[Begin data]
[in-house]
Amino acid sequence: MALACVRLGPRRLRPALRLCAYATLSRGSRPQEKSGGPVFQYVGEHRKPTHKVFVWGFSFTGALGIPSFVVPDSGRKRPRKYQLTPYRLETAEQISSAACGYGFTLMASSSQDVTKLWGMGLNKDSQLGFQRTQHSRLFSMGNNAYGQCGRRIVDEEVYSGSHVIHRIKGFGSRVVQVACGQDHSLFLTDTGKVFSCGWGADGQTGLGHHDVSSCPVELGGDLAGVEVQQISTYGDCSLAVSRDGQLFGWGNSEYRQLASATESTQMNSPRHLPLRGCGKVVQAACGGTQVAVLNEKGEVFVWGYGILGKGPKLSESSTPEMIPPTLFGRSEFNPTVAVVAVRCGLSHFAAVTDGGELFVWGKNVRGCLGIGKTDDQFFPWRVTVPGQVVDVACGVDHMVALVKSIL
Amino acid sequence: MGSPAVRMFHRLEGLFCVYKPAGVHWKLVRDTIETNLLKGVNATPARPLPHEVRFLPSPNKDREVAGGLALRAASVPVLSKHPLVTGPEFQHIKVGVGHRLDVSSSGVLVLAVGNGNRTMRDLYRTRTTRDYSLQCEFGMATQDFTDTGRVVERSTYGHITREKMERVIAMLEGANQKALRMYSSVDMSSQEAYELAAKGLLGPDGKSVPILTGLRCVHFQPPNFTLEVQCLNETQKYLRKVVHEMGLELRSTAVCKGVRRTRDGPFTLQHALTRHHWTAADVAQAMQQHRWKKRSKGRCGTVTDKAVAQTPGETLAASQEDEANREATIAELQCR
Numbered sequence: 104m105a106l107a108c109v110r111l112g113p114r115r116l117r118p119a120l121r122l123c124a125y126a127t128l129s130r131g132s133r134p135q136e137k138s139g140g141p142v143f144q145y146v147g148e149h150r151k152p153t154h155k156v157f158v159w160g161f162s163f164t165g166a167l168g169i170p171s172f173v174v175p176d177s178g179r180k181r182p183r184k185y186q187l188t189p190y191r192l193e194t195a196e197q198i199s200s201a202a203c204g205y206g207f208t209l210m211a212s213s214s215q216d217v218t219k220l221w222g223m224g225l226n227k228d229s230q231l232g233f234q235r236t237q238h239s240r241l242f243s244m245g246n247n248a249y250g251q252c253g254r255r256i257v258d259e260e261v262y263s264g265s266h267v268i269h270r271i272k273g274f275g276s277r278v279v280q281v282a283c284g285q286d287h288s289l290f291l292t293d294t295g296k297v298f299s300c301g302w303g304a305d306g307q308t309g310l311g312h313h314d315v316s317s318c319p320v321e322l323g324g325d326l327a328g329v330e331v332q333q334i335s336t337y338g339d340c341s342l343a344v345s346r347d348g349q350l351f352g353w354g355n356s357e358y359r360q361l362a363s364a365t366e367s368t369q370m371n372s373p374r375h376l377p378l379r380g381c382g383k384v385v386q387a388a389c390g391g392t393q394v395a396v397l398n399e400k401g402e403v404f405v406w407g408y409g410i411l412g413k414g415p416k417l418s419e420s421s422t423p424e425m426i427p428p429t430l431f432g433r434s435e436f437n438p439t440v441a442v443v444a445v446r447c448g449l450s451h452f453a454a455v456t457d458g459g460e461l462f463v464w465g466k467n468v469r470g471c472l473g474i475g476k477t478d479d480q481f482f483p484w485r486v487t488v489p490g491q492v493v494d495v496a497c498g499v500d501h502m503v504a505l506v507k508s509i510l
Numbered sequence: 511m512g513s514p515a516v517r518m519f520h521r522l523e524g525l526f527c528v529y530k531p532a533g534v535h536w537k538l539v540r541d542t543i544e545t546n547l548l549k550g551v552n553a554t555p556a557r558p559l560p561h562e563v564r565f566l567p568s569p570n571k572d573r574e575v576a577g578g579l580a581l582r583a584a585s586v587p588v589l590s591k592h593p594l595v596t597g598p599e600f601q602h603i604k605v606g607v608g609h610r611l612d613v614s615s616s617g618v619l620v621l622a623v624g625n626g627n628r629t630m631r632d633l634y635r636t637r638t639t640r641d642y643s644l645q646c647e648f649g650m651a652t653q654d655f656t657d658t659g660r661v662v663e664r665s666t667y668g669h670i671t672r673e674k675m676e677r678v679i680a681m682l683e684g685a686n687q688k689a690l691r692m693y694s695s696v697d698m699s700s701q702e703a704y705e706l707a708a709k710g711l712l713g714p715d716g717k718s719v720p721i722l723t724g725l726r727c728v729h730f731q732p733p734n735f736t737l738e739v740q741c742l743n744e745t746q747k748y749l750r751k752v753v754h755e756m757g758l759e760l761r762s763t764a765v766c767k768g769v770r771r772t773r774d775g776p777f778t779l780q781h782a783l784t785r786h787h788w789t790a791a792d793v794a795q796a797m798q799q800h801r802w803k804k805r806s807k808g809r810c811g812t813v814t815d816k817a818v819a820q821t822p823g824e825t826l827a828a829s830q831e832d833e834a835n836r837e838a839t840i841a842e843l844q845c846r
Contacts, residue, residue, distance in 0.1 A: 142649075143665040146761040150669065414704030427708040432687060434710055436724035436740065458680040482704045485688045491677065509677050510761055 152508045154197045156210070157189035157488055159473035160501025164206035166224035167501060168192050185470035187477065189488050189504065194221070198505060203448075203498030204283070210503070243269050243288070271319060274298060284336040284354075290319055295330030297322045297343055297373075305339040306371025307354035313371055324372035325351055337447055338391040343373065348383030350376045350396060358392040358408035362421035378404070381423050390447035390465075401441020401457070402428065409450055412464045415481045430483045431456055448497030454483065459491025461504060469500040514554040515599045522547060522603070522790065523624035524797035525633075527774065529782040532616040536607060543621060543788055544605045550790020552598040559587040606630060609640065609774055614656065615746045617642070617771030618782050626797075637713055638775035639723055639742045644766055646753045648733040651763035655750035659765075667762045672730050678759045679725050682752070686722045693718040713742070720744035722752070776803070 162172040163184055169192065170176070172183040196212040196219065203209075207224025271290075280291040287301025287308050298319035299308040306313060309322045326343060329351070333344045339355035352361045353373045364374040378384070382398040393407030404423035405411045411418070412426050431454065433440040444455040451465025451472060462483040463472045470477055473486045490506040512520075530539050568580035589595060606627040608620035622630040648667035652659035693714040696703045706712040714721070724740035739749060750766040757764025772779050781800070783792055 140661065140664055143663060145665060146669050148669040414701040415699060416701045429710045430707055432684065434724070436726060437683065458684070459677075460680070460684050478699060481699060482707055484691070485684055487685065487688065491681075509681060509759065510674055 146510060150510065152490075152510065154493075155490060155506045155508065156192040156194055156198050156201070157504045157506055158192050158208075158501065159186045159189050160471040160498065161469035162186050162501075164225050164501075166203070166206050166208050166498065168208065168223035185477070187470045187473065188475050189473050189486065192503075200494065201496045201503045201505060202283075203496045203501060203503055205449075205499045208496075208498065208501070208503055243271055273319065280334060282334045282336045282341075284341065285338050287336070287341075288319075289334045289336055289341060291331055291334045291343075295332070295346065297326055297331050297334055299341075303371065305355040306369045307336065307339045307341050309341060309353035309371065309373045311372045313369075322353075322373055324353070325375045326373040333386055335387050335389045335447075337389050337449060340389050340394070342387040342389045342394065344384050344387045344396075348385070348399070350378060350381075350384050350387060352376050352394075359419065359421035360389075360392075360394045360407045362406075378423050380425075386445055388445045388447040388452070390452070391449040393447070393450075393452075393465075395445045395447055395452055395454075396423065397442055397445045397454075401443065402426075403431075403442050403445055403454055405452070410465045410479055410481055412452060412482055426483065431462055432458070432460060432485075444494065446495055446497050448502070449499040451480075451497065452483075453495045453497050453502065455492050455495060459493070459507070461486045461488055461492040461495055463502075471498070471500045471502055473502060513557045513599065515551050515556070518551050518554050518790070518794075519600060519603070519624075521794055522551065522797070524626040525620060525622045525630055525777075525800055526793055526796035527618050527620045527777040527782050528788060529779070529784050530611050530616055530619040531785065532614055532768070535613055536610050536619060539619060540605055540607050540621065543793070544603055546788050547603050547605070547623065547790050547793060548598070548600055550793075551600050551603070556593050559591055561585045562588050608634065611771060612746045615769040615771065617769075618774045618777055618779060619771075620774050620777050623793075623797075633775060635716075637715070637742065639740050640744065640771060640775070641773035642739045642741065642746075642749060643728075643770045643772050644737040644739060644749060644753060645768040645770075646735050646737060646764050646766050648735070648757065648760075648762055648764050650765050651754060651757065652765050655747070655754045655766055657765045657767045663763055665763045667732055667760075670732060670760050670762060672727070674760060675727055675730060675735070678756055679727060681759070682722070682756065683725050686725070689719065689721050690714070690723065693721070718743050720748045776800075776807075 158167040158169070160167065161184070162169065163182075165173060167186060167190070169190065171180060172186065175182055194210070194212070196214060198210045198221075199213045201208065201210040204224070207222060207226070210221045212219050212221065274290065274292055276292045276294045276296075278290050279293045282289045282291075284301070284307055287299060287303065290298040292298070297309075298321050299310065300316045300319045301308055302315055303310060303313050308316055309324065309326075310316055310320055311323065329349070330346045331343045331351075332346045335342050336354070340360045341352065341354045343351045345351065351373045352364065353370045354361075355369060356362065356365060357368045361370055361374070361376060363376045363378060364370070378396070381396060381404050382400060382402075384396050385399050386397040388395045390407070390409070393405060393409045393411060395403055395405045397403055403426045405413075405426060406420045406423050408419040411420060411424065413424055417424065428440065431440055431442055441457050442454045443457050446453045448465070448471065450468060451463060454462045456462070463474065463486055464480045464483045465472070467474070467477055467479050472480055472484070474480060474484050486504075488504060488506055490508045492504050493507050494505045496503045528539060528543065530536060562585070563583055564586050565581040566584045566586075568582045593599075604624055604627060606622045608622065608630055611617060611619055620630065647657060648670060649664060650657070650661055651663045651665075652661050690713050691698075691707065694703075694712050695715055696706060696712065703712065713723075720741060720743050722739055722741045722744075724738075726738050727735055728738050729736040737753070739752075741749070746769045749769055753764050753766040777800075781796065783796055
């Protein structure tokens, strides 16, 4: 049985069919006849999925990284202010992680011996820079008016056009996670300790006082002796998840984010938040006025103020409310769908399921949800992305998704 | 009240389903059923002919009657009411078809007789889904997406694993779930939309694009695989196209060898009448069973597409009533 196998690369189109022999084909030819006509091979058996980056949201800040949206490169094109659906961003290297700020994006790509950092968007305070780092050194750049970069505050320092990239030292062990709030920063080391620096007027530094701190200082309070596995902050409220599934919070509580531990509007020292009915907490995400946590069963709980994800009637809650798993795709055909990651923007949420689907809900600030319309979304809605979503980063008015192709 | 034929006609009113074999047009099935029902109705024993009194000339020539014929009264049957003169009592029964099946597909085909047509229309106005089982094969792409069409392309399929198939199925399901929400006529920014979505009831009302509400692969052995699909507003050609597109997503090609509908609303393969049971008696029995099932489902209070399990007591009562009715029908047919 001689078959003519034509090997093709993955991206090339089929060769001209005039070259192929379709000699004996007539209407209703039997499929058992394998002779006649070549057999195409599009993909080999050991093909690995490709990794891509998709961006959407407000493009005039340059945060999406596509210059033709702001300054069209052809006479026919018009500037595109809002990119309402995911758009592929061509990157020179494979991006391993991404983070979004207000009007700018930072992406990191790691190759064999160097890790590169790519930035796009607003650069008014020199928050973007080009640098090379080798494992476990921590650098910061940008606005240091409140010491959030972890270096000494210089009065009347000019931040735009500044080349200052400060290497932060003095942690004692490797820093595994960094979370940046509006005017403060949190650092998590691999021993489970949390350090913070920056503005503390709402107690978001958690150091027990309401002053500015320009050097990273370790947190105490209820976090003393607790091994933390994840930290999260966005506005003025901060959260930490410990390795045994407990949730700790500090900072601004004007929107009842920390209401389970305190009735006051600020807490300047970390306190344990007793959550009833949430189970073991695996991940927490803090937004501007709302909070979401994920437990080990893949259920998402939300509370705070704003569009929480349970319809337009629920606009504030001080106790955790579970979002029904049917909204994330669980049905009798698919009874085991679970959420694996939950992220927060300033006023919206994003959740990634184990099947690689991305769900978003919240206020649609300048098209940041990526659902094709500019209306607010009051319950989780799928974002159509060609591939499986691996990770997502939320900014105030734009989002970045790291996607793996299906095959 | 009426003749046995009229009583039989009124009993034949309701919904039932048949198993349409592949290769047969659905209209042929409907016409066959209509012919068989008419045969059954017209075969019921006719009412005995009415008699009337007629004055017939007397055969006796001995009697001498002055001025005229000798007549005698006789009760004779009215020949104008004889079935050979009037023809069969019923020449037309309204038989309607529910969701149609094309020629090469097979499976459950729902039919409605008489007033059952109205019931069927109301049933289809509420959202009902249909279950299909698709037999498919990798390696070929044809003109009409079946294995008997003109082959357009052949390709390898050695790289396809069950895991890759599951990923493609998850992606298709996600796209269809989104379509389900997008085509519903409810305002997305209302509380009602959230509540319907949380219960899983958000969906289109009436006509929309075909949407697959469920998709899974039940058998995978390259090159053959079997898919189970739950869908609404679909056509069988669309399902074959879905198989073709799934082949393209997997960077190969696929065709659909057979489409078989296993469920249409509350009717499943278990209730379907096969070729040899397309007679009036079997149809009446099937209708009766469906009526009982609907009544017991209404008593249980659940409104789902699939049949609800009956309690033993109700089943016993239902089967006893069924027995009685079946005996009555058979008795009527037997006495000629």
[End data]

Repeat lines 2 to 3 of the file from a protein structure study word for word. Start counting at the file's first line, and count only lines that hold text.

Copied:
Amino acid sequence: MALACVRLGPRRLRPALRLCAYATLSRGSRPQEKSGGPVFQYVGEHRKPTHKVFVWGFSFTGALGIPSFVVPDSGRKRPRKYQLTPYRLETAEQISSAACGYGFTLMASSSQDVTKLWGMGLNKDSQLGFQRTQHSRLFSMGNNAYGQCGRRIVDEEVYSGSHVIHRIKGFGSRVVQVACGQDHSLFLTDTGKVFSCGWGADGQTGLGHHDVSSCPVELGGDLAGVEVQQISTYGDCSLAVSRDGQLFGWGNSEYRQLASATESTQMNSPRHLPLRGCGKVVQAACGGTQVAVLNEKGEVFVWGYGILGKGPKLSESSTPEMIPPTLFGRSEFNPTVAVVAVRCGLSHFAAVTDGGELFVWGKNVRGCLGIGKTDDQFFPWRVTVPGQVVDVACGVDHMVALVKSIL
Amino acid sequence: MGSPAVRMFHRLEGLFCVYKPAGVHWKLVRDTIETNLLKGVNATPARPLPHEVRFLPSPNKDREVAGGLALRAASVPVLSKHPLVTGPEFQHIKVGVGHRLDVSSSGVLVLAVGNGNRTMRDLYRTRTTRDYSLQCEFGMATQDFTDTGRVVERSTYGHITREKMERVIAMLEGANQKALRMYSSVDMSSQEAYELAAKGLLGPDGKSVPILTGLRCVHFQPPNFTLEVQCLNETQKYLRKVVHEMGLELRSTAVCKGVRRTRDGPFTLQHALTRHHWTAADVAQAMQQHRWKKRSKGRCGTVTDKAVAQTPGETLAASQEDEANREATIAELQCR